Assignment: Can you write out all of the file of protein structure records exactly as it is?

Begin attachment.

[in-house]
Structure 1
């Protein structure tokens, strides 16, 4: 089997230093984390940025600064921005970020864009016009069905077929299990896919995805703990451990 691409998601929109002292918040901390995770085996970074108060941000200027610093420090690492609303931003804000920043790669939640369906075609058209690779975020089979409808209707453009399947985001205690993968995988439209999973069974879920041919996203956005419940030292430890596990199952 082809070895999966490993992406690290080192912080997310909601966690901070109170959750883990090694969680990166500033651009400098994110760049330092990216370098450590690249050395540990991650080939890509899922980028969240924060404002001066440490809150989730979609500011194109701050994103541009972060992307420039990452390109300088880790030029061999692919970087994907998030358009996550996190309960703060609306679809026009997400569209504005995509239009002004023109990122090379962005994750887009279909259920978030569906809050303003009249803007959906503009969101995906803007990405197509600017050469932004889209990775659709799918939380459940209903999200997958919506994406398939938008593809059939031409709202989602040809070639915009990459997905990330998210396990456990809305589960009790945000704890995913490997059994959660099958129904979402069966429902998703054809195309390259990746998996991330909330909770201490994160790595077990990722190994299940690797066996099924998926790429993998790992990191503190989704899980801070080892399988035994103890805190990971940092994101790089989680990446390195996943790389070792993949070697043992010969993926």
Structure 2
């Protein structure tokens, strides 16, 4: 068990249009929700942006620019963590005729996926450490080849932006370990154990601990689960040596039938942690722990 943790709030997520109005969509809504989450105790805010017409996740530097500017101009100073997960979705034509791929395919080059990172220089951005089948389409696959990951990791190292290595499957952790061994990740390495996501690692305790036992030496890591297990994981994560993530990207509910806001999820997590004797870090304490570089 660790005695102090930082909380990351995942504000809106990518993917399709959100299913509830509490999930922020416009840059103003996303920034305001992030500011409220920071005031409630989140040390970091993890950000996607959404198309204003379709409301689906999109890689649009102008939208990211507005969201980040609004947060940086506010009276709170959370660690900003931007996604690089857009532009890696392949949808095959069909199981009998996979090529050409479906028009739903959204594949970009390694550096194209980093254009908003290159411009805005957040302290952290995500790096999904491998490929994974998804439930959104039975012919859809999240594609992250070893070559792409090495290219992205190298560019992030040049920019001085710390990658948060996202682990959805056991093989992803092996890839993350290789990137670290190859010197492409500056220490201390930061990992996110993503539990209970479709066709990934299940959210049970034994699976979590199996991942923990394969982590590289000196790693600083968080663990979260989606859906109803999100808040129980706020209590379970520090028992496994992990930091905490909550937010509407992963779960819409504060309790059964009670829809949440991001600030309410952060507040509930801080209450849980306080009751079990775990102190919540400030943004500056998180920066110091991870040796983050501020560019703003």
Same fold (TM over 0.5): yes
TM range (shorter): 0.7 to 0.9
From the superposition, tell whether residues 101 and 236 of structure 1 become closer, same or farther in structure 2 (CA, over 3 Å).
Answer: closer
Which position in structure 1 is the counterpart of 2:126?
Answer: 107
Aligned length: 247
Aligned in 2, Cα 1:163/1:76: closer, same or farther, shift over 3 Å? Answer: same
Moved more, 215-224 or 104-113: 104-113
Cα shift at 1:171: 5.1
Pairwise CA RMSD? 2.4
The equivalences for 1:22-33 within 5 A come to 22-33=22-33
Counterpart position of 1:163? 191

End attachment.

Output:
[in-house]
Structure 1
């Protein structure tokens, strides 16, 4: 089997230093984390940025600064921005970020864009016009069905077929299990896919995805703990451990 691409998601929109002292918040901390995770085996970074108060941000200027610093420090690492609303931003804000920043790669939640369906075609058209690779975020089979409808209707453009399947985001205690993968995988439209999973069974879920041919996203956005419940030292430890596990199952 082809070895999966490993992406690290080192912080997310909601966690901070109170959750883990090694969680990166500033651009400098994110760049330092990216370098450590690249050395540990991650080939890509899922980028969240924060404002001066440490809150989730979609500011194109701050994103541009972060992307420039990452390109300088880790030029061999692919970087994907998030358009996550996190309960703060609306679809026009997400569209504005995509239009002004023109990122090379962005994750887009279909259920978030569906809050303003009249803007959906503009969101995906803007990405197509600017050469932004889209990775659709799918939380459940209903999200997958919506994406398939938008593809059939031409709202989602040809070639915009990459997905990330998210396990456990809305589960009790945000704890995913490997059994959660099958129904979402069966429902998703054809195309390259990746998996991330909330909770201490994160790595077990990722190994299940690797066996099924998926790429993998790992990191503190989704899980801070080892399988035994103890805190990971940092994101790089989680990446390195996943790389070792993949070697043992010969993926």
Structure 2
């Protein structure tokens, strides 16, 4: 068990249009929700942006620019963590005729996926450490080849932006370990154990601990689960040596039938942690722990 943790709030997520109005969509809504989450105790805010017409996740530097500017101009100073997960979705034509791929395919080059990172220089951005089948389409696959990951990791190292290595499957952790061994990740390495996501690692305790036992030496890591297990994981994560993530990207509910806001999820997590004797870090304490570089 660790005695102090930082909380990351995942504000809106990518993917399709959100299913509830509490999930922020416009840059103003996303920034305001992030500011409220920071005031409630989140040390970091993890950000996607959404198309204003379709409301689906999109890689649009102008939208990211507005969201980040609004947060940086506010009276709170959370660690900003931007996604690089857009532009890696392949949808095959069909199981009998996979090529050409479906028009739903959204594949970009390694550096194209980093254009908003290159411009805005957040302290952290995500790096999904491998490929994974998804439930959104039975012919859809999240594609992250070893070559792409090495290219992205190298560019992030040049920019001085710390990658948060996202682990959805056991093989992803092996890839993350290789990137670290190859010197492409500056220490201390930061990992996110993503539990209970479709066709990934299940959210049970034994699976979590199996991942923990394969982590590289000196790693600083968080663990979260989606859906109803999100808040129980706020209590379970520090028992496994992990930091905490909550937010509407992963779960819409504060309790059964009670829809949440991001600030309410952060507040509930801080209450849980306080009751079990775990102190919540400030943004500056998180920066110091991870040796983050501020560019703003």
Same fold (TM over 0.5): yes
TM range (shorter): 0.7 to 0.9
From the superposition, tell whether residues 101 and 236 of structure 1 become closer, same or farther in structure 2 (CA, over 3 Å).
Answer: closer
Which position in structure 1 is the counterpart of 2:126?
Answer: 107
Aligned length: 247
Aligned in 2, Cα 1:163/1:76: closer, same or farther, shift over 3 Å? Answer: same
Moved more, 215-224 or 104-113: 104-113
Cα shift at 1:171: 5.1
Pairwise CA RMSD? 2.4
The equivalences for 1:22-33 within 5 A come to 22-33=22-33
Counterpart position of 1:163? 191